In addition, another tendency of hovering parents is to project their own childhood goals and dreams onto their own children.
Signs You’re a Helicopter Parent
The tell-tale sign of helicopter parenting is performing tasks that your children are fully capable of doing themselves, especially when those tasks can be uncomfortable. Here are common behaviors of helicopter parents:
- Calling teachers and coaches on behalf of your children
- Doing homework for your children
- Doing all chores and household responsibilities for children
- Making decisions for your children (what they wear, what clubs they join, who their friends are)
- Participating in disagreements between your child and their friends
- Your children spend no (age appropriate) time alone
- Your children are grossly overscheduled, with no downtime
Why Helicopter Parenting Doesn’t Work
Helicopter parenting does not work because it prevents children from developing the skills they need to be successful human beings. Humans learn through trial and error. Mistakes and failure is a natural part of life, and helicopter parents do their best to minimize all uncomfortable situations for their children.
Negative Effects of Helicopter Parenting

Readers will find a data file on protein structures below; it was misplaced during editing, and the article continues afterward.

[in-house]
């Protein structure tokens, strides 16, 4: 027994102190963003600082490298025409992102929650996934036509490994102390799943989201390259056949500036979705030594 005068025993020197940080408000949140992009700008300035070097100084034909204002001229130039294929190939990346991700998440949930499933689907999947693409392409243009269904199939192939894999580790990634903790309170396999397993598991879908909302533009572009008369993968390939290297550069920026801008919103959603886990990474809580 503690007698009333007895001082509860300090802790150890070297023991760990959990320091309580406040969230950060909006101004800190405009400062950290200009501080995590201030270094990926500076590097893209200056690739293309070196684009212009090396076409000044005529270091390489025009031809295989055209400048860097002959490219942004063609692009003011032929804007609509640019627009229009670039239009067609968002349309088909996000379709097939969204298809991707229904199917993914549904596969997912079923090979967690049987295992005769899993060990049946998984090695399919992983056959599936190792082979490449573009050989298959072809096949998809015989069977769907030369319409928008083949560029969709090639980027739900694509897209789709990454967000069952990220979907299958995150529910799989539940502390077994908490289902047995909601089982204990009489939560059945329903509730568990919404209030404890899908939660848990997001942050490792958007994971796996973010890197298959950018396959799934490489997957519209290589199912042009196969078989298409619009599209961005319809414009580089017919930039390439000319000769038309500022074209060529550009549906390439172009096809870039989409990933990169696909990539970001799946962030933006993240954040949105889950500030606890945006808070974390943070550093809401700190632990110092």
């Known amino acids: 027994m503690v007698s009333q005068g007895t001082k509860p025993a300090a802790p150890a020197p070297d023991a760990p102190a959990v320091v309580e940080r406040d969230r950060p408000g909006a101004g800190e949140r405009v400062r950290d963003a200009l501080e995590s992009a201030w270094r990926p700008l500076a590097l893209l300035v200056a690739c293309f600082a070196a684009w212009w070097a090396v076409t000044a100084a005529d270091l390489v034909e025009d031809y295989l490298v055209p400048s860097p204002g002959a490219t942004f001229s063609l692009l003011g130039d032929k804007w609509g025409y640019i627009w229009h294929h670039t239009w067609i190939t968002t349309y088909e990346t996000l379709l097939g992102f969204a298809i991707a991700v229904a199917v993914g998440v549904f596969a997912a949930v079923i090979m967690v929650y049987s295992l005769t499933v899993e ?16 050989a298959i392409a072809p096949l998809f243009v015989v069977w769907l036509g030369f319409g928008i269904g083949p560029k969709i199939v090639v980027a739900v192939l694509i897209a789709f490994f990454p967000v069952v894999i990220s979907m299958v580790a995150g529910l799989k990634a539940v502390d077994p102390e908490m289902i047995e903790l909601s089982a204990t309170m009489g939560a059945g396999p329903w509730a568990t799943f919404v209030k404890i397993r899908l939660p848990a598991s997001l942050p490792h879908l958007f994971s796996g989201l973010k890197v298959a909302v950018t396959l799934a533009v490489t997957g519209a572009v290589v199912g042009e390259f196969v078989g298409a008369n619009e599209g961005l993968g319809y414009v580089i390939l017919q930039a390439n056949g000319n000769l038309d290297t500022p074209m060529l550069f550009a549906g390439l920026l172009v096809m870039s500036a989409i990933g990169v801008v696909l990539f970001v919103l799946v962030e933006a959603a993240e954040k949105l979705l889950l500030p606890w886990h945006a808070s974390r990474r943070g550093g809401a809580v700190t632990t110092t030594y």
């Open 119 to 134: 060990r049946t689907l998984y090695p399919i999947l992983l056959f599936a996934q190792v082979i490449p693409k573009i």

Decreased self-esteem and confidence
Helicopter parents send a clear message to kids that they don’t trust the children to make decisions on their own. It makes them feel incapable and prevents them from feeling the accomplishment of making decisions on their own.
Lack of coping skills
Children who have parents that ensure success never have the opportunity to practice essential coping skills. They don’t know how to handle failure or disappointment. And this lack of skill will follow them long into adulthood.
Lack of life skills
Just like with coping skills, if children aren’t able to practice life skills on a regular basis, they never develop these skills. It handicaps them as adults. Tasks such as making phone calls to teachers, doing laundry, and packing lunches are things helicopter parents tend to control. This means kids are not practicing these skills, which is a problem.